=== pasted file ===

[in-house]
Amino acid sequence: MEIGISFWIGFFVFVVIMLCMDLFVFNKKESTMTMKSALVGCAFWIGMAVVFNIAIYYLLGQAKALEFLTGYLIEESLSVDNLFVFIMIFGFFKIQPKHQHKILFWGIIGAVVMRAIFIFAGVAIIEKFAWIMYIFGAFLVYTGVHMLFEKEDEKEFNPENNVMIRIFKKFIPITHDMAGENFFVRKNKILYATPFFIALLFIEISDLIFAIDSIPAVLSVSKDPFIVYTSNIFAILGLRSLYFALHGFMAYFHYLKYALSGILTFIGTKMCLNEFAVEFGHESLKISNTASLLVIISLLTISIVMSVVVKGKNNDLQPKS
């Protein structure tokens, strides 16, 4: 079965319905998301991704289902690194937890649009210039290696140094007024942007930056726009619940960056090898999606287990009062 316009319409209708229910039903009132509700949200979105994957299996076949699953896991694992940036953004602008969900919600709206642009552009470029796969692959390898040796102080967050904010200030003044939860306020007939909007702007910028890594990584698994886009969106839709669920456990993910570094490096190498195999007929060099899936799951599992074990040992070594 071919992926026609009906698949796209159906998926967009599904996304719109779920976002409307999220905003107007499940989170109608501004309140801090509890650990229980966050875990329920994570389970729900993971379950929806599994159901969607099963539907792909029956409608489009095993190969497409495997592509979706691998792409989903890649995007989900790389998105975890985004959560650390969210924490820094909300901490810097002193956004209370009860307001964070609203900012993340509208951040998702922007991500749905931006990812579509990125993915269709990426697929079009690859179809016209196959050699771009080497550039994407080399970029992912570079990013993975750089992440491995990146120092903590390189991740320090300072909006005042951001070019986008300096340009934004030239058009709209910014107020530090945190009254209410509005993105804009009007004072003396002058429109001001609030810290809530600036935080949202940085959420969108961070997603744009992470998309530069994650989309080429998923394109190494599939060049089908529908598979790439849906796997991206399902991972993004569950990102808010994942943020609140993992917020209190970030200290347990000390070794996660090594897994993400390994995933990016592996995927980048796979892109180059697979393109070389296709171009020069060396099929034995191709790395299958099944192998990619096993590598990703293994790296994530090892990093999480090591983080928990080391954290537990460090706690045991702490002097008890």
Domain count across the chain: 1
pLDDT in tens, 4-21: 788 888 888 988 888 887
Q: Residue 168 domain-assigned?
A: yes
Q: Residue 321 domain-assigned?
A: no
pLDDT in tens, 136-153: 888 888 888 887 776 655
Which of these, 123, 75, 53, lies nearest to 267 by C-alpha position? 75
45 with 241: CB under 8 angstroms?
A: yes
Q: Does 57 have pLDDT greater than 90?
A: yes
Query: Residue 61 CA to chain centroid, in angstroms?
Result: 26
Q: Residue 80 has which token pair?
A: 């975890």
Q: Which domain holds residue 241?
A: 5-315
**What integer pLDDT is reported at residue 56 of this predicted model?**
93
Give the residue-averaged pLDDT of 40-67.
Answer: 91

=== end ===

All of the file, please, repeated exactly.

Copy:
[in-house]
Amino acid sequence: MEIGISFWIGFFVFVVIMLCMDLFVFNKKESTMTMKSALVGCAFWIGMAVVFNIAIYYLLGQAKALEFLTGYLIEESLSVDNLFVFIMIFGFFKIQPKHQHKILFWGIIGAVVMRAIFIFAGVAIIEKFAWIMYIFGAFLVYTGVHMLFEKEDEKEFNPENNVMIRIFKKFIPITHDMAGENFFVRKNKILYATPFFIALLFIEISDLIFAIDSIPAVLSVSKDPFIVYTSNIFAILGLRSLYFALHGFMAYFHYLKYALSGILTFIGTKMCLNEFAVEFGHESLKISNTASLLVIISLLTISIVMSVVVKGKNNDLQPKS
């Protein structure tokens, strides 16, 4: 079965319905998301991704289902690194937890649009210039290696140094007024942007930056726009619940960056090898999606287990009062 316009319409209708229910039903009132509700949200979105994957299996076949699953896991694992940036953004602008969900919600709206642009552009470029796969692959390898040796102080967050904010200030003044939860306020007939909007702007910028890594990584698994886009969106839709669920456990993910570094490096190498195999007929060099899936799951599992074990040992070594 071919992926026609009906698949796209159906998926967009599904996304719109779920976002409307999220905003107007499940989170109608501004309140801090509890650990229980966050875990329920994570389970729900993971379950929806599994159901969607099963539907792909029956409608489009095993190969497409495997592509979706691998792409989903890649995007989900790389998105975890985004959560650390969210924490820094909300901490810097002193956004209370009860307001964070609203900012993340509208951040998702922007991500749905931006990812579509990125993915269709990426697929079009690859179809016209196959050699771009080497550039994407080399970029992912570079990013993975750089992440491995990146120092903590390189991740320090300072909006005042951001070019986008300096340009934004030239058009709209910014107020530090945190009254209410509005993105804009009007004072003396002058429109001001609030810290809530600036935080949202940085959420969108961070997603744009992470998309530069994650989309080429998923394109190494599939060049089908529908598979790439849906796997991206399902991972993004569950990102808010994942943020609140993992917020209190970030200290347990000390070794996660090594897994993400390994995933990016592996995927980048796979892109180059697979393109070389296709171009020069060396099929034995191709790395299958099944192998990619096993590598990703293994790296994530090892990093999480090591983080928990080391954290537990460090706690045991702490002097008890």
Domain count across the chain: 1
pLDDT in tens, 4-21: 788 888 888 988 888 887
Q: Residue 168 domain-assigned?
A: yes
Q: Residue 321 domain-assigned?
A: no
pLDDT in tens, 136-153: 888 888 888 887 776 655
Which of these, 123, 75, 53, lies nearest to 267 by C-alpha position? 75
45 with 241: CB under 8 angstroms?
A: yes
Q: Does 57 have pLDDT greater than 90?
A: yes
Query: Residue 61 CA to chain centroid, in angstroms?
Result: 26
Q: Residue 80 has which token pair?
A: 């975890």
Q: Which domain holds residue 241?
A: 5-315
**What integer pLDDT is reported at residue 56 of this predicted model?**
93
Give the residue-averaged pLDDT of 40-67.
Answer: 91